Thursday, March 29, 2001

Economic downturn dogs Ohio

Education's priority over services

By Debra Jasper
Enquirer Columbus Bureau

        COLUMBUS — As Gov. Bob Taft and lawmakers struggle to boost education funding and make up for growing budget shortfalls, economists say Ohio and other manufacturing states are nearing a recession.

        Ohio is already getting hit because of its heavy reliance on the auto and steel industries, said Sophia Koropeckyj, a senior economist at, a Pennsylvania economic consulting company.

Gov. Taft
        “Ohio fits in with other Great Lakes states. It's a lot weaker than the rest of the nation,” she said.

        Ms. Koropeckyj said Ohio isn't in a recession but indicators show it is getting there. For example, she said, the average number of hours logged weekly by Ohio factory workers has dropped from 43 in August to 41.5.

        “That doesn't sound like a lot, but it's quite a steep decline,” Ms. Koropeckyj said. “That means all those people are making less money and contributing so much less in income tax for the state.”

        Ohio officials say income tax and sales tax revenues will fall $288 million short this fiscal year and even further next fiscal year, which starts July 1. Predictions of a recession - combined with projections the state will have $562 million less to fund Mr. Taft's upcoming two-year $44.8 billion budget - have officials scrambling to make cuts.

        While it's still unclear who will be affected, Senate President Richard Finan, R-Evendale, said the cuts will have to be deep if the state is to obey an Ohio Supreme Court order to reform public schools at a time of falling revenues.

    In response to a slowing Ohio economy, Gov. Bob Taft Wednesday ordered state agencies to cut spending by 4 percent over the next three months, on top of $125 million in cuts he made in December.
    Some agencies said they've already cut to the bare essentials and will be pressed to find more room for savings.
    The Ohio Department of Mental Health will cut more services to local mental health departments and consolidate some of its hospitals, moving patients and staff to other locations, department spokesman Sam Hibbs said.
    The Department of Rehabilitation and Corrections, which runs the state's prison system, will have to extend a hiring freeze it began when the first cuts were ordered, spokesman Joe Andrews said. The goal was to reduce the 16,000-employee work force through attrition by 250 workers before May 1.
    In response to the latest cuts, the department is closing its residential treatment unit at Mansfield Correctional Institution.
        “We're going to have pain. Real pain,” Mr. Finan said.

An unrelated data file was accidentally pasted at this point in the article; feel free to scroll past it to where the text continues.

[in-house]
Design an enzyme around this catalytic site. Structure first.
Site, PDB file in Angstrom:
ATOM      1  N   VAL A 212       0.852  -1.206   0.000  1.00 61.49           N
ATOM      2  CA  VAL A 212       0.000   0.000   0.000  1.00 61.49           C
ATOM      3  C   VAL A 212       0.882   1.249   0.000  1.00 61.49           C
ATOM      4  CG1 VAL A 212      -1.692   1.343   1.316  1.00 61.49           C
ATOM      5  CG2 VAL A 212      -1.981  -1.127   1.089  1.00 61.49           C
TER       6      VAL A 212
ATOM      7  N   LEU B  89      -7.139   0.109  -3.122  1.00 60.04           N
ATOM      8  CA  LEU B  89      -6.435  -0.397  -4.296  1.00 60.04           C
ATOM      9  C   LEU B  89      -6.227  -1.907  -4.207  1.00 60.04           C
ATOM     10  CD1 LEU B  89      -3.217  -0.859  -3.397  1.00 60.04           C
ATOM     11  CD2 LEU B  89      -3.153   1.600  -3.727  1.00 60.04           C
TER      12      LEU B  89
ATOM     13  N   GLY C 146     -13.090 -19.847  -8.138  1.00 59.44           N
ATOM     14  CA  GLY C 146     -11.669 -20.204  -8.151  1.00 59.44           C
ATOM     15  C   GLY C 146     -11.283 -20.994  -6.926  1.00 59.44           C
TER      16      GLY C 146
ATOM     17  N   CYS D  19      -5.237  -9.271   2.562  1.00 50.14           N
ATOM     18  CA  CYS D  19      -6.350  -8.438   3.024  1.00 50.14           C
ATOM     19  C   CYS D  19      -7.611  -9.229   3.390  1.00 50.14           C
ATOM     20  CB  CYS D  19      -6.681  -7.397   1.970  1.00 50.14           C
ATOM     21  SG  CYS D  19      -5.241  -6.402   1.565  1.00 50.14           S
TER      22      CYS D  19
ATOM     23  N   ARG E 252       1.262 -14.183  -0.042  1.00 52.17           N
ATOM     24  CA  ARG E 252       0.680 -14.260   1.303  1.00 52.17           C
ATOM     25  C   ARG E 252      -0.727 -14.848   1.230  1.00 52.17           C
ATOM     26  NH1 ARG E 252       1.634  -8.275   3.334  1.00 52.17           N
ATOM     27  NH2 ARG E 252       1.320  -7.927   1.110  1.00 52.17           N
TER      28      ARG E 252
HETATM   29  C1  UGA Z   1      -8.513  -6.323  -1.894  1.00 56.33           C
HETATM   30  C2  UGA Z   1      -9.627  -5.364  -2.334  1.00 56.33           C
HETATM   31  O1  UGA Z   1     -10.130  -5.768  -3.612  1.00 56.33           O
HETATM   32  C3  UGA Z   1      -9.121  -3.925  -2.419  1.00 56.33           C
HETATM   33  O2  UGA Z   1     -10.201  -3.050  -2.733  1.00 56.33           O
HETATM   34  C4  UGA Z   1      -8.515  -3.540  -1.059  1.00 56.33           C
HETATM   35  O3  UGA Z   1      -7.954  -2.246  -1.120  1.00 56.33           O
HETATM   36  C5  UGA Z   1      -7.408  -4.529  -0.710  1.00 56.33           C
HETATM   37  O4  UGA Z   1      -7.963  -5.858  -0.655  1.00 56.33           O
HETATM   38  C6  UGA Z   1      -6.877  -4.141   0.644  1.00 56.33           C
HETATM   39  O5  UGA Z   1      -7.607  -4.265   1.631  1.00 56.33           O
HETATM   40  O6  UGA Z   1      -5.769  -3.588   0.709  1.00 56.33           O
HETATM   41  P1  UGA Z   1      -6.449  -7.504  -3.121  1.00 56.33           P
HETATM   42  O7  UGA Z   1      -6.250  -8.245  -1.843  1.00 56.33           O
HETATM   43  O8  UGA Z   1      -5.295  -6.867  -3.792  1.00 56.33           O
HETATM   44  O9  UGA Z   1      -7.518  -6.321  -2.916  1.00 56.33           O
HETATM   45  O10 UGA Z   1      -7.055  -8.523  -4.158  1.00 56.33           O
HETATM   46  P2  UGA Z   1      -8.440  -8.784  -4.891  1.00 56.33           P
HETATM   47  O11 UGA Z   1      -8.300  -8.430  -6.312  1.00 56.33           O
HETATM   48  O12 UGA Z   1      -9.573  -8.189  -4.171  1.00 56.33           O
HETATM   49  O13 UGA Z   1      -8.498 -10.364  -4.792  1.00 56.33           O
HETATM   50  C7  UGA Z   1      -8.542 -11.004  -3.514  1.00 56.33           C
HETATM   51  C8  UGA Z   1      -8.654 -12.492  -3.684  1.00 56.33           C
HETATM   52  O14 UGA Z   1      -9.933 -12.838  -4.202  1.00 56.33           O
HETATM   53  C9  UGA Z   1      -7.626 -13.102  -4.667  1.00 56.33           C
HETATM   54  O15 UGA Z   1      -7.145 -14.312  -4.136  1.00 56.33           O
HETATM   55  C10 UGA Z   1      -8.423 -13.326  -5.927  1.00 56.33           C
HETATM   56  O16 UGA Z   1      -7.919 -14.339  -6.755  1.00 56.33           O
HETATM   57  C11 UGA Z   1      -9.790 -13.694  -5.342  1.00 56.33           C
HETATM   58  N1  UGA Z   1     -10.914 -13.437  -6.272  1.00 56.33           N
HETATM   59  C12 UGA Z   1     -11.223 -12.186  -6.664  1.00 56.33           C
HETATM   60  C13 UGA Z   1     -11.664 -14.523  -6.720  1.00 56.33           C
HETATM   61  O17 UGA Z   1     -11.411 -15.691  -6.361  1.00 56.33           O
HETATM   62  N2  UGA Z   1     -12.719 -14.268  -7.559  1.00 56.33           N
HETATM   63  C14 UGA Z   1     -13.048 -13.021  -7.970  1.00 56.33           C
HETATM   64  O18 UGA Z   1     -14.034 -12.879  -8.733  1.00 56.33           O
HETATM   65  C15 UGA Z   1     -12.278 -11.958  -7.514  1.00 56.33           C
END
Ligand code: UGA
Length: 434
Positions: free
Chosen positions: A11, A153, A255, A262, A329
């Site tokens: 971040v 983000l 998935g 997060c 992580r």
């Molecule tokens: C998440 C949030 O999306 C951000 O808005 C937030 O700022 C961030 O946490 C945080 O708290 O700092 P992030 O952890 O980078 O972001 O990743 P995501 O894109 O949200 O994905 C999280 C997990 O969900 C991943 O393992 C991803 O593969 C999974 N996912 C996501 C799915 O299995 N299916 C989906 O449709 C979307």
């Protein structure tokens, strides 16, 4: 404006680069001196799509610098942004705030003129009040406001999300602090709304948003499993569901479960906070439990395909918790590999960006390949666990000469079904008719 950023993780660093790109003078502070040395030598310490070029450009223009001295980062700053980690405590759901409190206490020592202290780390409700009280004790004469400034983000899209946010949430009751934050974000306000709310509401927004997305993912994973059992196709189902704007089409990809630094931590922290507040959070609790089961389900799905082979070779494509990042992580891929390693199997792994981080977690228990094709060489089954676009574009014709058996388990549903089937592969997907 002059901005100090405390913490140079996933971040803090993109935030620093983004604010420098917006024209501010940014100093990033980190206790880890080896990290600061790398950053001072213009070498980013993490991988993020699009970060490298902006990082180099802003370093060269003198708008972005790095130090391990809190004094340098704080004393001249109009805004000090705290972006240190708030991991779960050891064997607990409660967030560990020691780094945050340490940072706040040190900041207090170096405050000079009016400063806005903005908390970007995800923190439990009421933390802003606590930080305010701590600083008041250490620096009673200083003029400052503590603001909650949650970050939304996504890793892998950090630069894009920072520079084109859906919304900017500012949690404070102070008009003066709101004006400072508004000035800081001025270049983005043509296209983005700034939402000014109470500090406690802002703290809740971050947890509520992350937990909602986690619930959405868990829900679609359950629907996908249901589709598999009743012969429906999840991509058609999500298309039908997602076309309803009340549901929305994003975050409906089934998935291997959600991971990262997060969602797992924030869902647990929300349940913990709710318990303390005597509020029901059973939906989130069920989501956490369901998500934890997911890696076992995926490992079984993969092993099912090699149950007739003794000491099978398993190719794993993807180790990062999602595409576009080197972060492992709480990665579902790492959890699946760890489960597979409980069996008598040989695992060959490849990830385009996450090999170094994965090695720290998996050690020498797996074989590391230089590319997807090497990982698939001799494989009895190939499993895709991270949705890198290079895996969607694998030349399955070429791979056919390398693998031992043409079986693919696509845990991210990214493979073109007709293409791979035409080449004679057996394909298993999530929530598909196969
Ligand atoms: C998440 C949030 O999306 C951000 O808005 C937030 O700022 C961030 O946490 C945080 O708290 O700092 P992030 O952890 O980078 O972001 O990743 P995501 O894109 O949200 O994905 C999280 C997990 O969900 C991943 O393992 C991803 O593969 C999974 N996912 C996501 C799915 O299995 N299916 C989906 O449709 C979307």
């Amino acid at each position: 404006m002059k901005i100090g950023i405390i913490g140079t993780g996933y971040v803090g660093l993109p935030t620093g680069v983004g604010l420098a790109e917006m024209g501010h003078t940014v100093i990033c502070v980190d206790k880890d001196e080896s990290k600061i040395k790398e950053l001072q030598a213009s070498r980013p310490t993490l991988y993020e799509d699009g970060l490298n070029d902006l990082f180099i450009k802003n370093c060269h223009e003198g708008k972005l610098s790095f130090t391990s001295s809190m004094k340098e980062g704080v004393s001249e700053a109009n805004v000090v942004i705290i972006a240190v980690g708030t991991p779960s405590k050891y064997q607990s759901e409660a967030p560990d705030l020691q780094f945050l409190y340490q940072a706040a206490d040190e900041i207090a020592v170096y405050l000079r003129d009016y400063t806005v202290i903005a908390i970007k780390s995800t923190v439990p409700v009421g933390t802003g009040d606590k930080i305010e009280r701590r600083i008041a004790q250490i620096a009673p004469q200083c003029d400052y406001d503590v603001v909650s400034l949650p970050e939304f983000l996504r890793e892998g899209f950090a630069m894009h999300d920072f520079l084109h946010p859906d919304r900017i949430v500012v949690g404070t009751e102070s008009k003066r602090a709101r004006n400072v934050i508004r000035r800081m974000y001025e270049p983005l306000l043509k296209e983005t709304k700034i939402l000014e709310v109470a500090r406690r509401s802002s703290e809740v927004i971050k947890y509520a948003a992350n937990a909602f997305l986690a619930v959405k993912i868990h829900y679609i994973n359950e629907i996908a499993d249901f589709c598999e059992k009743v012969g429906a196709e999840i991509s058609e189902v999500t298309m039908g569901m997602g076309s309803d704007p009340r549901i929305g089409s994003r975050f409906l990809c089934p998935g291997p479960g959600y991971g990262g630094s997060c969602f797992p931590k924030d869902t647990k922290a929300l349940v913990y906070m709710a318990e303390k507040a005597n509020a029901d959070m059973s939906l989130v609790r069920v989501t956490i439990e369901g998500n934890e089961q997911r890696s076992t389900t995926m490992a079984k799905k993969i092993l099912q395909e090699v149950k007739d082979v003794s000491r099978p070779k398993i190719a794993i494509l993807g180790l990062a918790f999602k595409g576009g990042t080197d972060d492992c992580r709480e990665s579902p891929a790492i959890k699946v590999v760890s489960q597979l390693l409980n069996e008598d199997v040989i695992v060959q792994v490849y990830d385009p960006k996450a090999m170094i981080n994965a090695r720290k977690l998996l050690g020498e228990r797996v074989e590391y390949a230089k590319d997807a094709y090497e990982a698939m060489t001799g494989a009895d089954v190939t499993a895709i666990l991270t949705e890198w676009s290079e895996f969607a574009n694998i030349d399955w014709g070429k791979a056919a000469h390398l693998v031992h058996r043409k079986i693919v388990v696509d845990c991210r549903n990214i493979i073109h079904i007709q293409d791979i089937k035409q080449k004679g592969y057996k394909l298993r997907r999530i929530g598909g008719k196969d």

He said higher education, mental health, mental retardation and all other departments - except primary and secondary education - will be hurt.

        If education is funded at the level the court demands, he said, “the rest of the state will be in deep trouble.”

        The court hasn't set a reform price tag, but Mr. Taft's plan calls for spending $808 million more a year. Senate and House versions would cost more.

        While the governor said Wednesday he will very likely recommend tapping into the state's $1 billion rainy day fund to make up some of the budget shortfall, Mr. Finan said it's too soon to move in that direction.

        “I do not believe we are in an overall recession. We are simply growing less than we became accustomed to when we were fat and happy,” Mr. Finan said. “We got used to having lots of money coming in and having surpluses to send back to taxpayers. Now reality is setting in.”

        Mr. Finan and House Speaker Larry Householder, R-Glenford, said they would be more open to using money from the Family Stabilization Fund instead of the rainy day fund to make up a shortfall.

        The fund, which has $100 million, was set aside in case the state came up short paying for family services.

        Mr. Finan, noting the state has already had to make cuts to pay off a $249 million Medicaid deficit, said taking the money from that account makes more sense. “That's what the money was for,” he said.

        Like Mr. Finan, other lawmakers say they are not convinced Ohio will end up in a full reces sion.

        “I know people who think we'll never see the days we've seen up till now,” said state Sen. Jeff Jacobson, R-Brookville. “It's distressing in the sense we don't know yet if this is a temporary shutdown or a paradigm shift.”

        Jim Coons, chief economist for Huntington National Bank, said the manufacturing sector has clearly entered a significant downturn, but that doesn't mean it will be a broad-based decline.

        “A larger share of Ohio's economy is in manufacturing, so we tend to benefit more in good times and get hurt a little more in bad times,” he said.

        Still, he said, “It's time to break out the umbrellas but it's not time to blow up the life rafts.”


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